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Belief Engine unnecessary for argument

#13: Mar. - April 2004 (Non-Fiction)
Tiarella

Belief Engine unnecessary for argument

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Shermer's postulation of a 'belief engine' in the human brain is not at all necessary for his argument; I wonder why he inserts it? All his points hold true if he simply argues, as he does, that humans are pattern-seeking animals, that pattern-seeking is a useful mechanism for survival, and that we are prone to magical-thinking because "We make Type 1 and 2 Errors because we need to make Type 1 and 2 Hits. We have magical thinking and superstitions because we need critical thinking and pattern-seeking."Why add the superfluous argument that there may be some nebulous "Belief Engine" housed in our brains? If he wants to use the term as shorthand for 'magical-thinking-as-a-by-product-of-pattern-seeking," I can tolerate it, but I'm afraid such shortcuts lead to sloppy thinking. In case you haven't noticed, I have an aversion to the contemporary fashion that requires non-fiction authors to present a brand-new theory, when really they are re-explaining what's been said before in a slightly different way. No insult to Shermer intended; his book is interesting and well-written. It's not new, but ideas don't have to be new to be worth expressing. (Obviously, or no one except advanced theorists & researchers would ever be able to say anything!)
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Re: Belief Engines and Multiple Intelligences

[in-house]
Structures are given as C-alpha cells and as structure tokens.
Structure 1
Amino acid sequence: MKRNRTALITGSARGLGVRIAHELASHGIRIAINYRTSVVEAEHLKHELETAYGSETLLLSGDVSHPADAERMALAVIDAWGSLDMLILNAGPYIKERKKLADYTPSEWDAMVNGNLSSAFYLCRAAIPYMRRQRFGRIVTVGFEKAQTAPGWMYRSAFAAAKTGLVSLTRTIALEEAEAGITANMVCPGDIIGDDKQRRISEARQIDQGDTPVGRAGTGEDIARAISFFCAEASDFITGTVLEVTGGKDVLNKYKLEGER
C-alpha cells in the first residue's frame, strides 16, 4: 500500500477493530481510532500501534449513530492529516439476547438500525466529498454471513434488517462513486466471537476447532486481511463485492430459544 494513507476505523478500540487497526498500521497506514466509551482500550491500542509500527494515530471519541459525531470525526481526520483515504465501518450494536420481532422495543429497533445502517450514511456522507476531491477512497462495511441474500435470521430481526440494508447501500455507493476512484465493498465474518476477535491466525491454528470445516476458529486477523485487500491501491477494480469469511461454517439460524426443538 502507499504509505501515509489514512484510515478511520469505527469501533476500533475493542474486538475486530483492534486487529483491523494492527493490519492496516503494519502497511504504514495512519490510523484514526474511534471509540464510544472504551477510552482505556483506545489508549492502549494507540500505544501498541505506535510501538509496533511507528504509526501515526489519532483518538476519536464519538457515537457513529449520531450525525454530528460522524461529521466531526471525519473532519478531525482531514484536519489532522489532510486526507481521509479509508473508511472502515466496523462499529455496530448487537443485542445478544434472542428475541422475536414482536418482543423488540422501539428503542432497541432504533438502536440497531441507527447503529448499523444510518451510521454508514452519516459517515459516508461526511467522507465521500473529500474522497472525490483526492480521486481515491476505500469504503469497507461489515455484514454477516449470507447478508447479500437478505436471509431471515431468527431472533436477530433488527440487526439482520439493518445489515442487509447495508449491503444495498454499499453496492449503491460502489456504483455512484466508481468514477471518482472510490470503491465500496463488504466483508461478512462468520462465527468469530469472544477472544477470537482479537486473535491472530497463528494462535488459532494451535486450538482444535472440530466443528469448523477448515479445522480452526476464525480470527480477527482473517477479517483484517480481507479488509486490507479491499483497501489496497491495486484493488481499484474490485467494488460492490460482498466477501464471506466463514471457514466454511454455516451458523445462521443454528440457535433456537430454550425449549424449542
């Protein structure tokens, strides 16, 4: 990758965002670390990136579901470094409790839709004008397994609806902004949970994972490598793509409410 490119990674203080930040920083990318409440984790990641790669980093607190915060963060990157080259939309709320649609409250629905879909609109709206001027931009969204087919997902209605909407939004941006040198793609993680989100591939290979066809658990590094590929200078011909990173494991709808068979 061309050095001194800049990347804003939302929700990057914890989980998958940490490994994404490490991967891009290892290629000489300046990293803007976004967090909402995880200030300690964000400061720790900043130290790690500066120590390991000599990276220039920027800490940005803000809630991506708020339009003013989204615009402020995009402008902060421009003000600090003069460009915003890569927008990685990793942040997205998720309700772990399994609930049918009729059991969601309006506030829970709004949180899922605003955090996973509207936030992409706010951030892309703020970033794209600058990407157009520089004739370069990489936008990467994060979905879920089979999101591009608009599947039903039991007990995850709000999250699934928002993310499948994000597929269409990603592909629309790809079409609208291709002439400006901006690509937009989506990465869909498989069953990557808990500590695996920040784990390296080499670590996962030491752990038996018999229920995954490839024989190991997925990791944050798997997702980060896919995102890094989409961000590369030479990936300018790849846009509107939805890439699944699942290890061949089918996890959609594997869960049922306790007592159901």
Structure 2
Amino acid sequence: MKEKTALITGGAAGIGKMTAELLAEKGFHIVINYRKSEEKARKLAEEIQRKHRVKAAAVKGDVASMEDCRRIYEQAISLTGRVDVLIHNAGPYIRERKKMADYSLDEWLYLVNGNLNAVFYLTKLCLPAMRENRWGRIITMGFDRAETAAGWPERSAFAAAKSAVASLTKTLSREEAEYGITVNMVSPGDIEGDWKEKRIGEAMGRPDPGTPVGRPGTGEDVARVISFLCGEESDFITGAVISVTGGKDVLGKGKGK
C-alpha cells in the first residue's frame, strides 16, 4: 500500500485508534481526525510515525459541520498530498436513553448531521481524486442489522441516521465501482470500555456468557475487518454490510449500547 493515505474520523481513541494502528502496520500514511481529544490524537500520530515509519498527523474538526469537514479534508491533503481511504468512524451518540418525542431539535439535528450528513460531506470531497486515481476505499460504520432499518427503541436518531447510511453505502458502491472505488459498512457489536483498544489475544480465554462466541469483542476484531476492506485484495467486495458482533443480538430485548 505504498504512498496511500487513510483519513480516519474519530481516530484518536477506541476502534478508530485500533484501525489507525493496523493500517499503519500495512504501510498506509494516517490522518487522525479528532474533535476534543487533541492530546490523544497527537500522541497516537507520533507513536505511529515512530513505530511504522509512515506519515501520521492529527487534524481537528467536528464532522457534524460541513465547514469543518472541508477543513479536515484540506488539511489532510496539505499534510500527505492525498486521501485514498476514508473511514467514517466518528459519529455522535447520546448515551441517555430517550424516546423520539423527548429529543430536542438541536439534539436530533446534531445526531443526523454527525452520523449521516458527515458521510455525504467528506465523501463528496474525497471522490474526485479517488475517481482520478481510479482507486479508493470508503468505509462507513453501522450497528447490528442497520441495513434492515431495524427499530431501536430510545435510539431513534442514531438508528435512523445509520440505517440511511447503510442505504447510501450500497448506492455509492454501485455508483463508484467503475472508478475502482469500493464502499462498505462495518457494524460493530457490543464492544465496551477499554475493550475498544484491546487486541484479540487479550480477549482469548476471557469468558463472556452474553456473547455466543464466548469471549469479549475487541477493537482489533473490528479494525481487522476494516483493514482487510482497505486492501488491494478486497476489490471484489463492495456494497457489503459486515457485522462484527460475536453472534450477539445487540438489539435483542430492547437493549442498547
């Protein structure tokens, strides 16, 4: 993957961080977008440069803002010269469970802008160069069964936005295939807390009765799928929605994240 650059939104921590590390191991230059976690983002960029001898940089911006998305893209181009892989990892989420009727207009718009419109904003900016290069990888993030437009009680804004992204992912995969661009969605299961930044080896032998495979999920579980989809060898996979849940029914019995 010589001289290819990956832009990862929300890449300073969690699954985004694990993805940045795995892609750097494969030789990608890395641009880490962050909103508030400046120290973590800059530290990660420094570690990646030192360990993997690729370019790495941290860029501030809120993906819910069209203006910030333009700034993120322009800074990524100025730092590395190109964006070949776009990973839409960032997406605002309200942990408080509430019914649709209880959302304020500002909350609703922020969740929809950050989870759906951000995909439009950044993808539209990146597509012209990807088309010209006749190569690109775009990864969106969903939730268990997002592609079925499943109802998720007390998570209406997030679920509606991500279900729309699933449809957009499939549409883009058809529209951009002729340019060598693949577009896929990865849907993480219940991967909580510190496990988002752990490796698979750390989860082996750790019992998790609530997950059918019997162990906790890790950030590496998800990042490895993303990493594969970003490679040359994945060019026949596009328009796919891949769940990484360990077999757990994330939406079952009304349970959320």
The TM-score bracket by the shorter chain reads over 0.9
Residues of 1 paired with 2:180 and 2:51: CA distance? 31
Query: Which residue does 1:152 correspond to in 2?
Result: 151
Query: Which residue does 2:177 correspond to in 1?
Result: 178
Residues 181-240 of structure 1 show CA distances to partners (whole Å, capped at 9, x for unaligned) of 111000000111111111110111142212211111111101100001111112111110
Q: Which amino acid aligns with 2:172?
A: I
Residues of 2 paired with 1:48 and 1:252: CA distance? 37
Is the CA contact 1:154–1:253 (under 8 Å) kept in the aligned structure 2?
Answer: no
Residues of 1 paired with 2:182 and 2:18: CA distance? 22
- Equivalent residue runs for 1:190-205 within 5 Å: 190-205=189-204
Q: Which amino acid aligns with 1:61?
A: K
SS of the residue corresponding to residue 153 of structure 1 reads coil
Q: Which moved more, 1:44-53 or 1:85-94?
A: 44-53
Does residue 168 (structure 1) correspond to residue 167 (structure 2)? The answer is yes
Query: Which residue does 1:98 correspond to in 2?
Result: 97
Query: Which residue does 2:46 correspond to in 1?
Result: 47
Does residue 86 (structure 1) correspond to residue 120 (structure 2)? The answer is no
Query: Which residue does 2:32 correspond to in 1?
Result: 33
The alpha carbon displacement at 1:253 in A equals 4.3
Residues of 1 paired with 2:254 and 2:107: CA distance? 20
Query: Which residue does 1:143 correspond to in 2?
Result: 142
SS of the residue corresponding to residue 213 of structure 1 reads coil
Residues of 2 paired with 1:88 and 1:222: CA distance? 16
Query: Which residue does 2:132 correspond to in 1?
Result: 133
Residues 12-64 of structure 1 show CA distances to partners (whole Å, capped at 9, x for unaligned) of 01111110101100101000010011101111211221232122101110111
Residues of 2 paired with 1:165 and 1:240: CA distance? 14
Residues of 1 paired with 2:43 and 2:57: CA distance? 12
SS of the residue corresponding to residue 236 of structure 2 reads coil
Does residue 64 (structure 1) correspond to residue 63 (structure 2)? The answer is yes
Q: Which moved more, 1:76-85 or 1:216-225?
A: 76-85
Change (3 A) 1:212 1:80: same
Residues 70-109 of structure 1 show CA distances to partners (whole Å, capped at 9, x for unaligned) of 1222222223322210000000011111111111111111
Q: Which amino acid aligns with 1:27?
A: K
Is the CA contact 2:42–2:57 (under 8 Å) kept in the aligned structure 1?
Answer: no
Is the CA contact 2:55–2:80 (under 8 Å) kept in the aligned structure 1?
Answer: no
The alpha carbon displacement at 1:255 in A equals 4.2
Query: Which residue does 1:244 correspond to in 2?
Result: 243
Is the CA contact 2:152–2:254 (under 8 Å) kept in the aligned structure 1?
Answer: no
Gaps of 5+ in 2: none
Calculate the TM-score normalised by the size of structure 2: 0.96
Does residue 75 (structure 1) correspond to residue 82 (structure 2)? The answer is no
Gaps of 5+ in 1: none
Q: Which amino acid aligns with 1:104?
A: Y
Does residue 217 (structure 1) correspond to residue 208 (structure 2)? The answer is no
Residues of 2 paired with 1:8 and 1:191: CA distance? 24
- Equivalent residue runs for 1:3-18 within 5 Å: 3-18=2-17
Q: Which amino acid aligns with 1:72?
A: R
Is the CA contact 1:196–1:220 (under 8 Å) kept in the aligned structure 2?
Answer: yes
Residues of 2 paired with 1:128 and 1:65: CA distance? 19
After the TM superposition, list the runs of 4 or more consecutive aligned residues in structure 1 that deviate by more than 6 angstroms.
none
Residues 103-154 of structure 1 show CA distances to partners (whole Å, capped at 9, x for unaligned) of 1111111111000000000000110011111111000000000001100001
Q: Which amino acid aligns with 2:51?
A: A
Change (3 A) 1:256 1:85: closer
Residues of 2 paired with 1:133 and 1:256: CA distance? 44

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Shermer's hypothesis of a "Belief Engine" within the brain may not require such a leap into nebulous wishful thinking, or bad science. Especially if we consider this within the framework of Howard Gardner's theory of Multiple Intelligences.Gardner's theory argues for at least eight seperate modalities of human intelliegnce; each working according to its own rules and mechanisms as ways we work to solve problems, communicate effectively, and fashion products deemed useful and meaningful within various cultural contexts.His list of eight include: Verbal Linguistic; Math Logical; Body Kinesthetic; Visual Spatial; Music Rhythmic; Inter Personal; Intra Personal; and Naturalist. He also offers the possibility of a ninth intelligence he calls the Existential Intelligence where humans grapple with ultimate issues and concerns regarding the meaning, purpose and value of existence. He allows the potential of a variety of Existential Intelligence to be named "Spiritual Intelligence", but finds it very problematic Quote:I think it best to put aside the term spiritual, with its manifest and problematic connotations, and to speak instead of an intelligence that explores the nature of existence in its multifarious guises. Thus, an explicit concern with spiritual or religious matters would be one variety - often the most important variety - of an existential intelligence.Gardner, Howard (1999) Intelligence Reframed. Multiple intelligences for the 21st century, New York: Basic Books. Thus, Shermer's postulation isn't entirely unfounded, even if not completely spelled out.For an excellent introduction to Professor Howard Gardner's work and biography try www.infed.org/thinkers/gardner.htm
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